Off Topic

27th September
2010
written by Mad Cow

An Occasional Off-topic Essay

I’m hooked. A while back I skimmed the Atlantic article, The End of Men “The End of Men” by Hanna Rosin in the July/August 2010 issue, discussed critiques of it with colleagues, and let it alone. It’s come up again with someone asking for my serious opinion of it. So I gave it a close read. I first read a really good critique of the article in The American Prospect I will supplement this critique with some remarks of my own.

The piece could have been framed very differently and named The End of Male Dominance, although I must say that we are not yet even closely approaching either the end of men or the end of male dominance. The latter is more to the point, though. Throughout, Rosin refers to “role reversal” and her underlying assumption appears to be that of a fixed set of gender roles, organically determined. There is no such evidence for these extreme dichotomies. Moreover, although she cleverly touches base with the facts, she quickly overrides the statistics with anecdotal evidence that is supposed to trump what is actually happening nationally.

In her first “example,” Rosin interviews biologist Ronald Ericsson who came up with a method of choosing the sex of a child. To his surprise, couples are requesting girls more often than boys. Rosin makes a point of saying that they no longer apologize for this! What is the U.S. coming to? But more important is that Rosin sees this as a trend. She says that the polling data about sex preference is “sparse” without defining the term. In fact, Gallop polling indicates that couples have indicated a preference for a son, when they had a preference, consistently since 1941. Where there is a preference, a greater percentage of men indicates a preference for a boy. In polls done in 2000 and 2003, men chose boys over girls 2.5 more often than women. It’s important to notice however, that in these polls, even in 1941, more than 30 percent of both men and women answer “either or no opinion.” See Gender Preference

So what is this fuss about? With regard to girls, the good news, and I happen to see this as good news, is that a preference for girls is approaching the preference for boys, which may indicate a less patriarchal attitude in society. Is it really lamentable that the “era of the firstborn son is totally gone”?  

And speaking of lamentable, the article doesn’t skip a beat in snappy tone when it reports that South Korea, since 1990 (!), now allows women to have custody of their children after divorce, allows them to inherit property, and allows them to register children under their own names. Shocking. The U.S. made these changes as a result of the women’s movement of the early 20th century. (It wasn’t all about suffrage.)

Hinson quotes Kathryn Edin saying “I think something feminists have missed is how much power women have when they are not bound by marriage.” In fact, feminists have always known this and thus the legal strategies of the movement over the last 100 years have been focused on making marriage a level playing field, from a legal standpoint, for married women. Again, I can’t see that this is a bad thing. Now feminists are trying very hard to reduce the degree to which women are abused by their husbands. This is much harder to do. And by the way, while violence among women has increased, it’s miniscule compared to men’s violence in U.S. society.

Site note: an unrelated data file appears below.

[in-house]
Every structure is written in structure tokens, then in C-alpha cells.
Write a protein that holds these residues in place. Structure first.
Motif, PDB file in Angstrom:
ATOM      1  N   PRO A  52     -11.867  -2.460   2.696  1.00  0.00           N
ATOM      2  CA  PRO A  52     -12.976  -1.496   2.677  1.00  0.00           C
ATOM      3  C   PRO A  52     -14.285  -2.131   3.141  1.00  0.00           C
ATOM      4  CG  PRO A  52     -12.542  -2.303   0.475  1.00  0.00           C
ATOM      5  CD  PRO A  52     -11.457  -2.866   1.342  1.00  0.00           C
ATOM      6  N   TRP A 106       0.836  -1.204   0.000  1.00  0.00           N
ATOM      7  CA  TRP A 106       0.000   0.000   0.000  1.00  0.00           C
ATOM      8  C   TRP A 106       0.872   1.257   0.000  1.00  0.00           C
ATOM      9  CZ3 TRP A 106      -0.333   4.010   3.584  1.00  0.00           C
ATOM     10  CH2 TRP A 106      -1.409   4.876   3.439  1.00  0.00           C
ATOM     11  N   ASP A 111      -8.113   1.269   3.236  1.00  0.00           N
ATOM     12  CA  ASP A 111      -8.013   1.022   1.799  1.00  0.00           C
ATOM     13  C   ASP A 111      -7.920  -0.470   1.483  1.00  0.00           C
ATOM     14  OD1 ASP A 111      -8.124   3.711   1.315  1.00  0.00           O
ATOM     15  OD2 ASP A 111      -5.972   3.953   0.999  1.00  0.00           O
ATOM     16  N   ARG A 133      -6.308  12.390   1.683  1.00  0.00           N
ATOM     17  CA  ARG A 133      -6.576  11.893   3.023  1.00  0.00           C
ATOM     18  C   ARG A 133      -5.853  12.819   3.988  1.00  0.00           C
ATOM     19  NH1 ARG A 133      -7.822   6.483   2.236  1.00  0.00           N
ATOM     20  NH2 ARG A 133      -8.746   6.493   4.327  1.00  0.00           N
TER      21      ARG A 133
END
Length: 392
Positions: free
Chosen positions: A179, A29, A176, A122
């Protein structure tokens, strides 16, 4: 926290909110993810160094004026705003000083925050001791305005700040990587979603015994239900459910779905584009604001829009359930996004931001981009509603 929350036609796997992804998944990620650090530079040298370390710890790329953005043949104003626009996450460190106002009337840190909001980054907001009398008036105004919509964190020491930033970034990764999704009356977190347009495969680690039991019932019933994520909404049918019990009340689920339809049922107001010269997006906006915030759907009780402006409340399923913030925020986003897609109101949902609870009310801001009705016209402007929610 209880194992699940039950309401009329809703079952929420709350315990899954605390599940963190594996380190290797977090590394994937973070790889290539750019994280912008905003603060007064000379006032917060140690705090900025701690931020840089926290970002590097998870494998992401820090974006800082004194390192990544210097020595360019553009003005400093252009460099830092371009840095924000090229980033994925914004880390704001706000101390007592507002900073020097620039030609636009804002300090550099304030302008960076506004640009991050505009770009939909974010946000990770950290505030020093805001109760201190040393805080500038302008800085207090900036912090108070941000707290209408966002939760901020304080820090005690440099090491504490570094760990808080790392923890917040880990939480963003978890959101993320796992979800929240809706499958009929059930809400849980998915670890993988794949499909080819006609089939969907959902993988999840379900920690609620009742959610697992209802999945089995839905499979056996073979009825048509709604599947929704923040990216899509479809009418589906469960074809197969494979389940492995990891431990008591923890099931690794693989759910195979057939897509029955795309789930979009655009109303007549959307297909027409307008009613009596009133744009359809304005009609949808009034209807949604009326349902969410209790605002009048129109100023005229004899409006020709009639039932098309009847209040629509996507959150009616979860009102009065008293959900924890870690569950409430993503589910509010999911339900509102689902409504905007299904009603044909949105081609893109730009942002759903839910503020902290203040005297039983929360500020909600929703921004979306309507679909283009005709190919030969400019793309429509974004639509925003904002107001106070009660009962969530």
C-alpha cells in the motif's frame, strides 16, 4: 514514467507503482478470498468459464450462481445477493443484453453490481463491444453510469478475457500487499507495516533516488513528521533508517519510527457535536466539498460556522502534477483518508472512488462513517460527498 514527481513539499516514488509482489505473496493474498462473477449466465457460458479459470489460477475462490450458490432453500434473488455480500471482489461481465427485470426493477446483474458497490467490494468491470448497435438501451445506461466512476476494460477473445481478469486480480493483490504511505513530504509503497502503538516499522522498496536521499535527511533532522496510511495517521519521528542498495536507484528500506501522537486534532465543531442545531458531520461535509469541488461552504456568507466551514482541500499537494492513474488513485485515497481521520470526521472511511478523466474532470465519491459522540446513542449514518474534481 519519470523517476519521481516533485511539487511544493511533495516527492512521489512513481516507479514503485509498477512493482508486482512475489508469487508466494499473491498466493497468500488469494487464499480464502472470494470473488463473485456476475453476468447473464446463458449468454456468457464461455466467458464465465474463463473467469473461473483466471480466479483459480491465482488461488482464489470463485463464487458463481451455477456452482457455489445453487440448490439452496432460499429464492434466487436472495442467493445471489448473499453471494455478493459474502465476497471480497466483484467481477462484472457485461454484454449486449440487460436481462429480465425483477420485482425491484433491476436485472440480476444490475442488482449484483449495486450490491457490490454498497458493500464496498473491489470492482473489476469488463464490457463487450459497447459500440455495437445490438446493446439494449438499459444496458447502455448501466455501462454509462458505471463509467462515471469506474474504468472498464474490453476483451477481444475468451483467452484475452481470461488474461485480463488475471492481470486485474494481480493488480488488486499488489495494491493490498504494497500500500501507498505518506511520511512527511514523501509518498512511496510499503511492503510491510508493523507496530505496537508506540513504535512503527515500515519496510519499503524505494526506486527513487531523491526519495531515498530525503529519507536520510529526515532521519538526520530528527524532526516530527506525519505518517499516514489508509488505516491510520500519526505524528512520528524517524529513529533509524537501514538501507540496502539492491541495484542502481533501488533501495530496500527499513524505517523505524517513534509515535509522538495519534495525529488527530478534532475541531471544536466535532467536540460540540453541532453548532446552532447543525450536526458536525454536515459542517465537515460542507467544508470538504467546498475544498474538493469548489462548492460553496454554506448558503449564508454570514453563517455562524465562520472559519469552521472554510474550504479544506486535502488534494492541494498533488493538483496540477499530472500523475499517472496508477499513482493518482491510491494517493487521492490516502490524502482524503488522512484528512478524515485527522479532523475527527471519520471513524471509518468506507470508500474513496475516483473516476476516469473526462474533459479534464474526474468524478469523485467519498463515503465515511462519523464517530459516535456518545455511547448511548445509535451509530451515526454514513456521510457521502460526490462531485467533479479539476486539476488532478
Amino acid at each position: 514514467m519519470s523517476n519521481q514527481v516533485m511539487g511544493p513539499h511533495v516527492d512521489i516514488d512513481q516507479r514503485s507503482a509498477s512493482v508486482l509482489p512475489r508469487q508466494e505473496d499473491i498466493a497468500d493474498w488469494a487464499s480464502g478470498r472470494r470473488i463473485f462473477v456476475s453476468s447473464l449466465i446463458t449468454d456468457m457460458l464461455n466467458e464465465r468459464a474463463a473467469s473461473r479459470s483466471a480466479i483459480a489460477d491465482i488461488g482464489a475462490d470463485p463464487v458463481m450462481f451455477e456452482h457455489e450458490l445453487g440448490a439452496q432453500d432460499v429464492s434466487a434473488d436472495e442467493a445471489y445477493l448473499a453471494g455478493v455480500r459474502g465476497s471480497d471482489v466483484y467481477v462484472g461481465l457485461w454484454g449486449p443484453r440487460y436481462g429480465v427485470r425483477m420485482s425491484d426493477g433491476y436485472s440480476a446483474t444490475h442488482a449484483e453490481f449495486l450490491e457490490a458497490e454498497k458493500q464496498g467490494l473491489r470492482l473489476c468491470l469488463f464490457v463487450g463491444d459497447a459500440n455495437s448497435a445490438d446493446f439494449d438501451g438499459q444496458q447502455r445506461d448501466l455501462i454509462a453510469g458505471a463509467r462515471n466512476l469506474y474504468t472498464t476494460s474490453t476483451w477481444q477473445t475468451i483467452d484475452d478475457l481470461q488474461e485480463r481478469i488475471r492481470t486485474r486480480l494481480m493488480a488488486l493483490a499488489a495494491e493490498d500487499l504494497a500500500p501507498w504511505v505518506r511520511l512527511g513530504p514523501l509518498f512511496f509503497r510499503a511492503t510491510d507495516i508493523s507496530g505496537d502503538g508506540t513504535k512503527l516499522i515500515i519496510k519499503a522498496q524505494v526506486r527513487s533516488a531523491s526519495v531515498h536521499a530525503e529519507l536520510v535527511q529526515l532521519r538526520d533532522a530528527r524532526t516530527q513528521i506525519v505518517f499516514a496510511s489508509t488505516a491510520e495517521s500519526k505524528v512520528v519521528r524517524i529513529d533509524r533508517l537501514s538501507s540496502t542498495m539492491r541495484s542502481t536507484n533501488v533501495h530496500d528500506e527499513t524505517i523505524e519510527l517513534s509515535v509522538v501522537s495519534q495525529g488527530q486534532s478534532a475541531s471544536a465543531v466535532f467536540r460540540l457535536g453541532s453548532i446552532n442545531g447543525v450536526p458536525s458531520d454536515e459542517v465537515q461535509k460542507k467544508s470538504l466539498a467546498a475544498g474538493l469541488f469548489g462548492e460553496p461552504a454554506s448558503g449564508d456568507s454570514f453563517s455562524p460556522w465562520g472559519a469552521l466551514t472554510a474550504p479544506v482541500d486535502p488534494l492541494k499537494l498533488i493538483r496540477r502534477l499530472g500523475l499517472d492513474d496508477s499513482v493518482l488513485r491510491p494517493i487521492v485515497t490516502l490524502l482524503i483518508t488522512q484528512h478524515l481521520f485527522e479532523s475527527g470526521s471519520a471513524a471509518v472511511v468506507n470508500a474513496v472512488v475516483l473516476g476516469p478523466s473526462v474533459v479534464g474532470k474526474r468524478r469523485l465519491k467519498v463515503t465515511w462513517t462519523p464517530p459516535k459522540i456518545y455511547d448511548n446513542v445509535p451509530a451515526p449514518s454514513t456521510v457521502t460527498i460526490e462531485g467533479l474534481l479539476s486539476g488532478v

Hinson states that “rates of violence committed by middle-aged women have skyrocketed since the 1980s and no one knows why.” I don’t know where she gets her statistics, so I couldn’t check them, but I did go to a Department of Justice site: http://social.jrank.org/pages/1253/Violent-Crime-Gender-Differences-in-Violent-Crime-Offenders.html

In a nutshell, the source indicates that women are much less violent than men. When they are violent, they are much less likely to use a weapon and their victims tend to be family, people they know and once loved. Some cases are undoubtedly self-defense but I don’t have the statistics on this. The numbers are so low that saying that a proportion of the female population has a “skyrocketing” increase may be suspect.

Source: U.S. Bureau of Justice Statistics, “Homicide Trends in the U.S.,” a series of statistical tables and graphs published online, January 2001, available at http://www.ojp.usdoj.gov/bjs/homicide/gender.htm. Greenfeld, Lawrence A. and Tracy L. Snell, Women Offenders, December 1999, pp. 1, 2, 4.

Several social problems at the moment are indeed gendered. As Rosin mentions, working class men used to have the ability to get and keep well-paying jobs even without high school educations, in the auto industry, in construction, in industry. Many of these jobs have disappeared and the recent recession has cast a final blow. But the loss of income for men is the reason why the “wage gap” between women’s and men’s incomes is lower. Women are not making more. Men are making less.

It is true that women’s share of the family income has been rising, really since women flocked into the labor force in great numbers beginning in the 1960s. But it was the economy, not the women’s movement (that all-encompassing bugaboo, feminism) that got them into the labor force. They were needed and their families needed the money. In the 1950s it took just one earner per family to maintain the economic quality of life that now for most families requires two earners. What the feminist movement did do is to work like hell to get the laws changed in the 1970s to open jobs up to women through the passage of non-discrimination laws, which up to this day are not entirely enforced. Women would have entered the labor force anyway, but employers would have been able legally to continue paying them less, even for the same work, and restricting women’s choice even to apply for particular jobs.

I find it insulting and outrageous for Hinson to state that “over the course of the past century, feminism has pushed women to do things once considered against their nature.” Her implication is that “non-traditional jobs” are indeed against their nature. History is full of stories about women barred from pursing their interests. Women in World War II filled factories everywhere to replace the men who were at war. They were quite capable and enjoyed the work. They were systematically fired from industry jobs that most of them wanted to keep. It took a PR campaign to try to get them to like leaving their jobs and to try to get them not to work at all. (Check out the film The Life and Times of Rosie the Riveter.”)